OT: possible replacement for manufacturing jobs

rec.crafts.metalworking:


On a Puppy-Peed Bun?
--

I used to be an anarchist but had to give it up: _far_ too many rules.

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wrote in

I forget the rest of it. I used to see the whole pitch on T-shirts. 'Haven't seen one for a while.
-- Ed Huntress
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Eregon wrote:

I don't really care what they do anymore. I stopped eating there a while back, and the only thing I could eat was a plain cheeseburger. Nothing else would stay down long enough to digest. :(
--
You can't have a sense of humor, if you have no sense!

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wrote:

You're a smart guy, but you're thinking too inside the box. It's understandable that people do this because the government does the same thing - lumping software in with the services industry.
It's a different animal than the traditional services industry. When someone purchases a piece of software, what they're really doing is purchasing the right to use a piece of intellectual property. Same goes for song downloads off itunes.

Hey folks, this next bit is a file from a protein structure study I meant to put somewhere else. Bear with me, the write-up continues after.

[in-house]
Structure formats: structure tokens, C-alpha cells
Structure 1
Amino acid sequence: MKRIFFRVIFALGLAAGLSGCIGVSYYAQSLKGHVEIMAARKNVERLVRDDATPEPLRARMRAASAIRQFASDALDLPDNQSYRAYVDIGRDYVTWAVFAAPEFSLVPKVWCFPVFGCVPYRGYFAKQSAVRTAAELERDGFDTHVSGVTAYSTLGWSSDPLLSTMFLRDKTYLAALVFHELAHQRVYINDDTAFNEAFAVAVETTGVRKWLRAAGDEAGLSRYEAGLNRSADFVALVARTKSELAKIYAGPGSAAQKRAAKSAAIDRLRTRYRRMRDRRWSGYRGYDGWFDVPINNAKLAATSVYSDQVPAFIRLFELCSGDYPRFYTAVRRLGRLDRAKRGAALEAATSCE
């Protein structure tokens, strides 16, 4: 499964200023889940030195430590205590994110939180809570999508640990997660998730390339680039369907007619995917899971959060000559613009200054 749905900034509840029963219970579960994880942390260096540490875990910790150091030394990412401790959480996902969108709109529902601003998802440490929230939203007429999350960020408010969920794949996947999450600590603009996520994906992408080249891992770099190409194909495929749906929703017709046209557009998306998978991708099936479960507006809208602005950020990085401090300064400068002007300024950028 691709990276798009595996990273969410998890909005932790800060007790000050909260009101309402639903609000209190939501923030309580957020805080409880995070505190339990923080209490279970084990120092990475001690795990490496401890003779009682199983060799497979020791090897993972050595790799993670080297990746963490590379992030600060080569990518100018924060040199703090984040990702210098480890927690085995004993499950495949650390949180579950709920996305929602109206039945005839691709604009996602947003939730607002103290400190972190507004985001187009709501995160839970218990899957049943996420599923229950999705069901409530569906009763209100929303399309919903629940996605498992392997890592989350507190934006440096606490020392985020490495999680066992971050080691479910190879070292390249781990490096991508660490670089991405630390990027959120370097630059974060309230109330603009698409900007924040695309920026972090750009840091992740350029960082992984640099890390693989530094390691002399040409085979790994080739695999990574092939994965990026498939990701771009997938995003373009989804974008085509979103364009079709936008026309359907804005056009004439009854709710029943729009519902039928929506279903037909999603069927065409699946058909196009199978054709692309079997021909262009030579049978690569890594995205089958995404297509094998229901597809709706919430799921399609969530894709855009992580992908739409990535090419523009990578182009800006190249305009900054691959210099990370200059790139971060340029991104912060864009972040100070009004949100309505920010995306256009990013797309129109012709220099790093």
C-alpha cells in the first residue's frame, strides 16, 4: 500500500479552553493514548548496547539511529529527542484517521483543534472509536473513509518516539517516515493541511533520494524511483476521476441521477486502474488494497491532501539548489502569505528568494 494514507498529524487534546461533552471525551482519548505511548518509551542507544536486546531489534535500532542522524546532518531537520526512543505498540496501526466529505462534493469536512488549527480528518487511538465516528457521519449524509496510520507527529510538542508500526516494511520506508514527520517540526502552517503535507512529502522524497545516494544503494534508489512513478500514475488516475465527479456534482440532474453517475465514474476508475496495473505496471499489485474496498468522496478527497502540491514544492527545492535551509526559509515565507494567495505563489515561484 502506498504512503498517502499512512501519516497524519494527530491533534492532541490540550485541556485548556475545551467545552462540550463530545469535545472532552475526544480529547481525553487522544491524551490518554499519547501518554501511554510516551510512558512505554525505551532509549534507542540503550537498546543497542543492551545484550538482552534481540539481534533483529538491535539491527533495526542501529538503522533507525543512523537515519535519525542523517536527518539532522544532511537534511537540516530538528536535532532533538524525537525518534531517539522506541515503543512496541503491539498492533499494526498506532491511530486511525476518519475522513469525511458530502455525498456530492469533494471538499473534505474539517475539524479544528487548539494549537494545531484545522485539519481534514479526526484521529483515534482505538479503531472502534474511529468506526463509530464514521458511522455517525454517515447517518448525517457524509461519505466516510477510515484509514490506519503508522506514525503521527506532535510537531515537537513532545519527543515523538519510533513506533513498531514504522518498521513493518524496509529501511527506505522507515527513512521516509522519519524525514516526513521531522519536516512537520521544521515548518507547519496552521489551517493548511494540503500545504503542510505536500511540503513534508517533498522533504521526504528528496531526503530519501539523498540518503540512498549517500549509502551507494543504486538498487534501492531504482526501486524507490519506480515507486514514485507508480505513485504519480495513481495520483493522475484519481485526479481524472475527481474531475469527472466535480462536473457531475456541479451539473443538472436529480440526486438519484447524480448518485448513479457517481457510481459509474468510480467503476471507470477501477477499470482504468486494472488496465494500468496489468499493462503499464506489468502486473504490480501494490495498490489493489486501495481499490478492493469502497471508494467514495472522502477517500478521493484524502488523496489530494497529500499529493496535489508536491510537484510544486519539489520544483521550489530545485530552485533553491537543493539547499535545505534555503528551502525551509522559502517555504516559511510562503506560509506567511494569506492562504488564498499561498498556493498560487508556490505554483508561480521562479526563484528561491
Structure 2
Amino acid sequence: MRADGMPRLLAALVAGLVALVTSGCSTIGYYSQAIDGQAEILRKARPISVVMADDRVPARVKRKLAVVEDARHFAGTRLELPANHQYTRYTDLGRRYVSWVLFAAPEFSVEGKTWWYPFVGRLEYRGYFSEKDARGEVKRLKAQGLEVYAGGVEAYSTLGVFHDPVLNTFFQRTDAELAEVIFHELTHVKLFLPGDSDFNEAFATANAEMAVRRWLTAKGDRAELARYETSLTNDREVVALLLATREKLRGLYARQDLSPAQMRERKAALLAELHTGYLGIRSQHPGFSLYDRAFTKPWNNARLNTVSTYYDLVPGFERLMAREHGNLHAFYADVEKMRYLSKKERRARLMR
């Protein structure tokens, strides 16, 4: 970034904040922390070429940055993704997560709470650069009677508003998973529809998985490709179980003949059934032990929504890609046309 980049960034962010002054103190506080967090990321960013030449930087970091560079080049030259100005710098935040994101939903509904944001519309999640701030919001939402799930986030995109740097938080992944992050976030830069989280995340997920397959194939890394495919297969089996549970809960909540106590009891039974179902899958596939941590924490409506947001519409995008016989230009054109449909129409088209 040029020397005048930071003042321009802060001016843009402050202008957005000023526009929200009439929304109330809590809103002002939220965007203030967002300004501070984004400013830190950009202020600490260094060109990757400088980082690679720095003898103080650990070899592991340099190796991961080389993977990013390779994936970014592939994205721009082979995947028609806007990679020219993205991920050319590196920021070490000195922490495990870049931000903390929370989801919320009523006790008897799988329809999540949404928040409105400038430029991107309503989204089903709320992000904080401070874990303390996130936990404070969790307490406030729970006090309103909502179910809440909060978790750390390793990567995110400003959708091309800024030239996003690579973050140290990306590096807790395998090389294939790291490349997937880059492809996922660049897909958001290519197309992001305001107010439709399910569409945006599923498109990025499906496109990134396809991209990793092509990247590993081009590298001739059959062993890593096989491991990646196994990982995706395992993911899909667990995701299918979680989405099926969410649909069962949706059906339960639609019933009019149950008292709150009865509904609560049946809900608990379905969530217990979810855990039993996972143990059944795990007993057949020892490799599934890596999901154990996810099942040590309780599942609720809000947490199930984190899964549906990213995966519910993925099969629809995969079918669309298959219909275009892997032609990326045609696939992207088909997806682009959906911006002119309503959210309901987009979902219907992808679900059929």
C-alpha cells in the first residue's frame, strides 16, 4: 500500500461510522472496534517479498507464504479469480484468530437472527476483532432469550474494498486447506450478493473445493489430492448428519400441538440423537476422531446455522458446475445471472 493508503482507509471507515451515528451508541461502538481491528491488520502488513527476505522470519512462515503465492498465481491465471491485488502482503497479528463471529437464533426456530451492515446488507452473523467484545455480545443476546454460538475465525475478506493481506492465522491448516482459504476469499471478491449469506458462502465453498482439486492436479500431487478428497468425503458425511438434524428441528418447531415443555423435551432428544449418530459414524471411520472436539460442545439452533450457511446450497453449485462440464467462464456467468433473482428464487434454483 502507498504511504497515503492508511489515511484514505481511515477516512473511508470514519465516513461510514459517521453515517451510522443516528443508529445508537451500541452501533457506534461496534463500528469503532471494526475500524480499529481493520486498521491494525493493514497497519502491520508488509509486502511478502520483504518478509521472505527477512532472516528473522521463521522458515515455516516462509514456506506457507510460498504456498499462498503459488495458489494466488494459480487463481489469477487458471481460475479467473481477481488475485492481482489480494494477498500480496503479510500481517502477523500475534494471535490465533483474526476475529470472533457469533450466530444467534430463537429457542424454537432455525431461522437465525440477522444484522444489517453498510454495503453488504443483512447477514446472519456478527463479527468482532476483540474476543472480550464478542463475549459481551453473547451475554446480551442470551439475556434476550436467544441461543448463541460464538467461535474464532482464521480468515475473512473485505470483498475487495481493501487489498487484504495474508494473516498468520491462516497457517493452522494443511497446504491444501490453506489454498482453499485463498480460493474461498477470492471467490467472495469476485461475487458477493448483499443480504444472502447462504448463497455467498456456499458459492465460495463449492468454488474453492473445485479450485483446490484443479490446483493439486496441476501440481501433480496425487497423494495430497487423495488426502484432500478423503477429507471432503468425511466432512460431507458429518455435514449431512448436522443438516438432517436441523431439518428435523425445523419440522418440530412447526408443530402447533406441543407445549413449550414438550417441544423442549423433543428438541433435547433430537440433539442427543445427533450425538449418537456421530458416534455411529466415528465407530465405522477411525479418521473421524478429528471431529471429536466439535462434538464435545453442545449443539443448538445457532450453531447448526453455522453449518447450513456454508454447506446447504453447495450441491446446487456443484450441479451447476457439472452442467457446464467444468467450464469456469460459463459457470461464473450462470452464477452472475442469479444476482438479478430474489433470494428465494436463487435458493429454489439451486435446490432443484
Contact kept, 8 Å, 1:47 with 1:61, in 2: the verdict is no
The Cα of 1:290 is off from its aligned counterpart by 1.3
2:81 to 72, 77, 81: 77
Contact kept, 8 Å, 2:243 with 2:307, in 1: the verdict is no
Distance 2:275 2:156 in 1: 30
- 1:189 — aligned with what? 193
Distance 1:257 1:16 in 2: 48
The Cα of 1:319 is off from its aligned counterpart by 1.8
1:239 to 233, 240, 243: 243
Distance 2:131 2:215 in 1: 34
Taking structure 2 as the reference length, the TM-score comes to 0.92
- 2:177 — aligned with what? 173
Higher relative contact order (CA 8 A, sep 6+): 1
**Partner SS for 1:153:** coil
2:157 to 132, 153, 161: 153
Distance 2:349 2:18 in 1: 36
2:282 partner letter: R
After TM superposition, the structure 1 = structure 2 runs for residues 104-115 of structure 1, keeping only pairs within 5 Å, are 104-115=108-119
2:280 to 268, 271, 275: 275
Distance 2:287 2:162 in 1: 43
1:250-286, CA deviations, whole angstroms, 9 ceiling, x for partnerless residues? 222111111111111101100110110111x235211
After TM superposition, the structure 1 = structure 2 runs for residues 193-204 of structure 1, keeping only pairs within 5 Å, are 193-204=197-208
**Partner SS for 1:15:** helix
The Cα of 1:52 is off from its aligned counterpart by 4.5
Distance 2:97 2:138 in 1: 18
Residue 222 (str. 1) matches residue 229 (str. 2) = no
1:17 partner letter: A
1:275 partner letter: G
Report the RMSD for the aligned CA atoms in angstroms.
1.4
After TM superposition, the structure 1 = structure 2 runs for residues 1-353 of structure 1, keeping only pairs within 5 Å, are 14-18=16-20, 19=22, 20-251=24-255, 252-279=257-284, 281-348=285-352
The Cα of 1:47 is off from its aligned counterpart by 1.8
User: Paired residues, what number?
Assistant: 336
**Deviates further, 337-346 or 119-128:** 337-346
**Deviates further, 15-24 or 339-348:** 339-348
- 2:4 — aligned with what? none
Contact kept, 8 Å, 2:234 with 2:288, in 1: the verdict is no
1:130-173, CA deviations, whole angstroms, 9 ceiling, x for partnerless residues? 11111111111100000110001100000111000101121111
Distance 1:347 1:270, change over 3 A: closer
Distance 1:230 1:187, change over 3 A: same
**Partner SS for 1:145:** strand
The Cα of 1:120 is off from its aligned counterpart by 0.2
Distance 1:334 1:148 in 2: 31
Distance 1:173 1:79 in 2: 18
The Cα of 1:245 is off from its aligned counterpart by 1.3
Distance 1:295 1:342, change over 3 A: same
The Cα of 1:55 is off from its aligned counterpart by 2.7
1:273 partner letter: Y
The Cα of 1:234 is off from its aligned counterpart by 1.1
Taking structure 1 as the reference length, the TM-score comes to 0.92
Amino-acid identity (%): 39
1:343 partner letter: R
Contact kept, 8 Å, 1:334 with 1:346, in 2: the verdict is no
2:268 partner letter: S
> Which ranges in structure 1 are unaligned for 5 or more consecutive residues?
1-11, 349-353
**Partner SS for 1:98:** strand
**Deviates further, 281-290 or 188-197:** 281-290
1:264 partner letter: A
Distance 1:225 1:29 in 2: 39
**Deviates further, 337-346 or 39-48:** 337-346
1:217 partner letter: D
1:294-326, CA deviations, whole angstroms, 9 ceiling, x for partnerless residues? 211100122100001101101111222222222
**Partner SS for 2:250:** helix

The government does that lumping in because they're a bunch of bureaucrats and they didn't think about how to address software and other intellectual property when it first started to become statistically significant. **** Good point. I forgot we are leasing the stuff usually. I still think the creation of software is manufacturing.
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Kurgan. presented by Gringioni. wrote:

Actually, I called IT a service industry because (at its best) it serves the three basic activities, but isn't one of them.